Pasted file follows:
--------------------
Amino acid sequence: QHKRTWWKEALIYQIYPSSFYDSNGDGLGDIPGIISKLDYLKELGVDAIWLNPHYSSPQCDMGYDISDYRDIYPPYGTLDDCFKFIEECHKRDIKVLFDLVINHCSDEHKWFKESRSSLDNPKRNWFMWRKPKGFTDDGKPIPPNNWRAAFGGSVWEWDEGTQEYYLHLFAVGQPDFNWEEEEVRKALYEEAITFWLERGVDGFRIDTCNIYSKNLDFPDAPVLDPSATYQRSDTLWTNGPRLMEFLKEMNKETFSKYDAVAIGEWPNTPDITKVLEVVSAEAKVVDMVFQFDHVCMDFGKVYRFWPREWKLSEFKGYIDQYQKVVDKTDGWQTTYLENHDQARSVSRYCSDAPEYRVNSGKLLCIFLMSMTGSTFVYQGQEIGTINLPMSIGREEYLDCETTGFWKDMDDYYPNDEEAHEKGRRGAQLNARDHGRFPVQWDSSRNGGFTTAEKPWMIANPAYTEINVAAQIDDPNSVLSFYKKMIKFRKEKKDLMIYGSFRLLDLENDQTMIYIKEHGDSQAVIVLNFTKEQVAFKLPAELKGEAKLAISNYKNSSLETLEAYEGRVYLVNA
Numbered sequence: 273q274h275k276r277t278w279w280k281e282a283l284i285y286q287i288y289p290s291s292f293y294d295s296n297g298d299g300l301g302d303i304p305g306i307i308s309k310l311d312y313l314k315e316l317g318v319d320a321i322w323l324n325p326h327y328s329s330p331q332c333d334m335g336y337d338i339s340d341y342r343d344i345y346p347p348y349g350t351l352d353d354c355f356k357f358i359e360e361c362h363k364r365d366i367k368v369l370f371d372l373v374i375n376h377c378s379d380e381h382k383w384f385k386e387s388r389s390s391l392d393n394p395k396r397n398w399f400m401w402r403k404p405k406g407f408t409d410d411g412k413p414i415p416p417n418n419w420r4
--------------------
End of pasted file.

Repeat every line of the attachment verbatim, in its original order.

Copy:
Amino acid sequence: QHKRTWWKEALIYQIYPSSFYDSNGDGLGDIPGIISKLDYLKELGVDAIWLNPHYSSPQCDMGYDISDYRDIYPPYGTLDDCFKFIEECHKRDIKVLFDLVINHCSDEHKWFKESRSSLDNPKRNWFMWRKPKGFTDDGKPIPPNNWRAAFGGSVWEWDEGTQEYYLHLFAVGQPDFNWEEEEVRKALYEEAITFWLERGVDGFRIDTCNIYSKNLDFPDAPVLDPSATYQRSDTLWTNGPRLMEFLKEMNKETFSKYDAVAIGEWPNTPDITKVLEVVSAEAKVVDMVFQFDHVCMDFGKVYRFWPREWKLSEFKGYIDQYQKVVDKTDGWQTTYLENHDQARSVSRYCSDAPEYRVNSGKLLCIFLMSMTGSTFVYQGQEIGTINLPMSIGREEYLDCETTGFWKDMDDYYPNDEEAHEKGRRGAQLNARDHGRFPVQWDSSRNGGFTTAEKPWMIANPAYTEINVAAQIDDPNSVLSFYKKMIKFRKEKKDLMIYGSFRLLDLENDQTMIYIKEHGDSQAVIVLNFTKEQVAFKLPAELKGEAKLAISNYKNSSLETLEAYEGRVYLVNA
Numbered sequence: 273q274h275k276r277t278w279w280k281e282a283l284i285y286q287i288y289p290s291s292f293y294d295s296n297g298d299g300l301g302d303i304p305g306i307i308s309k310l311d312y313l314k315e316l317g318v319d320a321i322w323l324n325p326h327y328s329s330p331q332c333d334m335g336y337d338i339s340d341y342r343d344i345y346p347p348y349g350t351l352d353d354c355f356k357f358i359e360e361c362h363k364r365d366i367k368v369l370f371d372l373v374i375n376h377c378s379d380e381h382k383w384f385k386e387s388r389s390s391l392d393n394p395k396r397n398w399f400m401w402r403k404p405k406g407f408t409d410d411g412k413p414i415p416p417n418n419w420r4